View a collection of videos on Professor Wilson entitled "On the Relation of Science and the Humanities" "In the Amazon Basin the greatest violence sometimes begins as a flicker of light beyond the horizon. There in the perfect bowl of the night sky, untouched by light from any human source, a thunderstorm sends its premonitory signal and begins a slow journey to the observer, who thinks: the world is about to change. " Watching from the edge of the Brazilian rain forest, witness to the sort of violence nature visits upon its creatures, Edward O. Wilson reflects on the crucible of evolution, and so begins his remarkable account of how the living world became diverse and how humans are destroying that diversity. Wilson, internationally regarded as the dean of biodiversity studies, conducts us on a tour through time, traces the processes that create new species in bursts of adaptive radiation, and points out the cataclysmic events that have disrupted evolution and diminished global diversity over the past 600 million years. The five enormous natural blows to the planet (such as meteorite strikes and climatic changes) required 10 to 100 million years of evolutionary repair. The sixth great spasm of extinction on earth--caused this time entirely by humans--may be the one that breaks the crucible of life. Wilson identifies this crisis in countless ecosystems around the globe: coral reefs, grasslands, rain forests, and other natural habitats. Drawing on a variety of examples such as the decline of bird populations in the United States, the extinction of many species of freshwater fish in Africa and Asia, and the rapid disappearance of flora and fauna as the rain forests are cut down, he poignantly describes the death throes of the living world's diversity--projected to decline as much as 20 percent by the year 2020. All evidence marshaled here resonates through Wilson's tightly reasoned call for a spirit of stewardship over the world's biological wealth. He makes a plea for specific actions that will enhance rather than diminish not just diversity but the quality of life on earth. Cutting through the tangle of environmental issues that often obscure the real concern, Wilson maintains that the era of confrontation between forces for the preservation of nature and those for economic development is over; he convincingly drives home the point that both aims can, and must, be integrated. Unparalleled in its range and depth, Wilson's masterwork is essential reading for those who care about preserving the world biological variety and ensuring our planet's health.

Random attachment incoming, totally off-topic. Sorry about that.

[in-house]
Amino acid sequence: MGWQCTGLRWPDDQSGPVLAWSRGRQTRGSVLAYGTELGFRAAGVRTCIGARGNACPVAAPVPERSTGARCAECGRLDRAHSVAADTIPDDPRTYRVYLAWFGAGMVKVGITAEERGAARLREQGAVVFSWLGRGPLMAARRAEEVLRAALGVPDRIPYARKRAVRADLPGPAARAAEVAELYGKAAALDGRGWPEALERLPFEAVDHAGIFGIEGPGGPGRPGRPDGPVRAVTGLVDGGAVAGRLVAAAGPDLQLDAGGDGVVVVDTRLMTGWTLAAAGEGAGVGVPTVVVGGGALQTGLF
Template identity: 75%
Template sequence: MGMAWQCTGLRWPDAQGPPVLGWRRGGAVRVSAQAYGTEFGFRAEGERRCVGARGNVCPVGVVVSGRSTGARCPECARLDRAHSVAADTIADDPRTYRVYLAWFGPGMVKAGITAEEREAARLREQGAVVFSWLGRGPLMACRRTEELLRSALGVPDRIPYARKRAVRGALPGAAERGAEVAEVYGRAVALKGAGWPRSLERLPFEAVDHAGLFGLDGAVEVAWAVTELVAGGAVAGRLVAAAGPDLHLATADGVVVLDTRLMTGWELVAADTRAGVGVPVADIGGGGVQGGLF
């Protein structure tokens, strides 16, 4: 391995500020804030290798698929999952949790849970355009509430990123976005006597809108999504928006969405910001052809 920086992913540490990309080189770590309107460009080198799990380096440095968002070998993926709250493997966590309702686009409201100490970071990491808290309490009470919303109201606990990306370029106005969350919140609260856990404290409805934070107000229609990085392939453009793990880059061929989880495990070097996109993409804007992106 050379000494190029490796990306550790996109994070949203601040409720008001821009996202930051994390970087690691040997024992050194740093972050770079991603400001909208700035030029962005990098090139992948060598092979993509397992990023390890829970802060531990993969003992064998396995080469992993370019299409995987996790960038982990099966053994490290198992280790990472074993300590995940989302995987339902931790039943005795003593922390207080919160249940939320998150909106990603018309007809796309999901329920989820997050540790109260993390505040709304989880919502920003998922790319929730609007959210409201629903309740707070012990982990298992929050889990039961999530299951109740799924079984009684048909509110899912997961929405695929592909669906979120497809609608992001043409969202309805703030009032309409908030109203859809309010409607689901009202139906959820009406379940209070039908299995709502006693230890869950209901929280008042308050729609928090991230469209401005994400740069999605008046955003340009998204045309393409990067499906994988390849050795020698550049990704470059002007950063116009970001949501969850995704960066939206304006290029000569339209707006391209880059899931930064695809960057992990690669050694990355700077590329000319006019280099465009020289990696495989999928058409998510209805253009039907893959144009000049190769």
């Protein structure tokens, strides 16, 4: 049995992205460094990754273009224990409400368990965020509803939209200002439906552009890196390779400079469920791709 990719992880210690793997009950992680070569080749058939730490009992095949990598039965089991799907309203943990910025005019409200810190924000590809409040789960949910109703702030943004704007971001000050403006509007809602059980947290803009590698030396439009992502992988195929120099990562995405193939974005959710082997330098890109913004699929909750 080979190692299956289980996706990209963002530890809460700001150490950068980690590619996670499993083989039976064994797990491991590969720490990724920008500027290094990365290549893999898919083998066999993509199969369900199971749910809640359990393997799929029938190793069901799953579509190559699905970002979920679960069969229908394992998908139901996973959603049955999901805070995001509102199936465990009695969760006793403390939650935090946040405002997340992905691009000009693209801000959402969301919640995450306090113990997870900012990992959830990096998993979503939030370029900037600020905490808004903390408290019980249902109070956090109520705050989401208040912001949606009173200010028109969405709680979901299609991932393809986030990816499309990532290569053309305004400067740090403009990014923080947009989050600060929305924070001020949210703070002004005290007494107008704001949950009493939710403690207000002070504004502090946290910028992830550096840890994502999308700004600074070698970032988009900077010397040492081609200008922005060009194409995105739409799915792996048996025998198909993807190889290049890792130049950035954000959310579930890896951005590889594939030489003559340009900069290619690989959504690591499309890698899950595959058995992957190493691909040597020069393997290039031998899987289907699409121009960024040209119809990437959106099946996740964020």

In this book you will see how scientific knowledge keeps growing and changing as scientists ask new questions and rethink what was known before.
Diversity, Oppression, and Social Functioning: Person-in-Environment Assessment and Intervention (3rd Edition)by George A. Appleby Julia Hamilton Edgar Colon
Using the "Person-In-Environment" (PIE) theoretical framework, this diversity practice text teaches students how to think about their personal reactions and assumptions about diversity and what constitutes cultural competent "assessment" and "intervention" when working with a broad range of diverse populations. The diverse populations presented in the text are described within an ecological, strengths perspective. The authors' thesis is that, in order to work effectively with diverse populations, it is necessary to take into consideration the complex dynamics of social functioning and social oppression. The "Person-In-Environment" theoretical framework provides a basis for analysis of the social, economic, and political reality of these diverse populations. The text presents an affirmative practice approach and builds on the available diversity practice literature. This text can be used in diversity practice courses, courses on working with oppressed populations, and other practice courses (such as advanced practice) that focus on diversity issues.
Between every man and every woman there is a wilderness called the divide
Two backcountry skiers find the body of a young woman embedded in the ice of a remote mountain creek. All through the night police work with arc lights and chainsaws to prise her out. Identifying her doesn't take so long. Abbie Cooper is wanted for murder and her picture is on law enforcement computers all across America. But how did she die? And what was the trail of events that led this golden child of a loving family so tragically astray?From the number one bestselling author of The Horse Whisperer, master storyteller Nicholas Evans, comes this powerful new novel, an epic thriller of the human heart. In a journey of discovery and redemption, from the streets of New York to the daunting grandeur of the Rocky Mountains, it tells the heart-rending tale of a family fractured by divorce. As both parents and children struggle in search of lost happiness, some devastating truths unravel. The Divide is the story of a great love betrayed and of the yearnings and needs, the dashed hopes and disillusionments that connect and separate all men and women.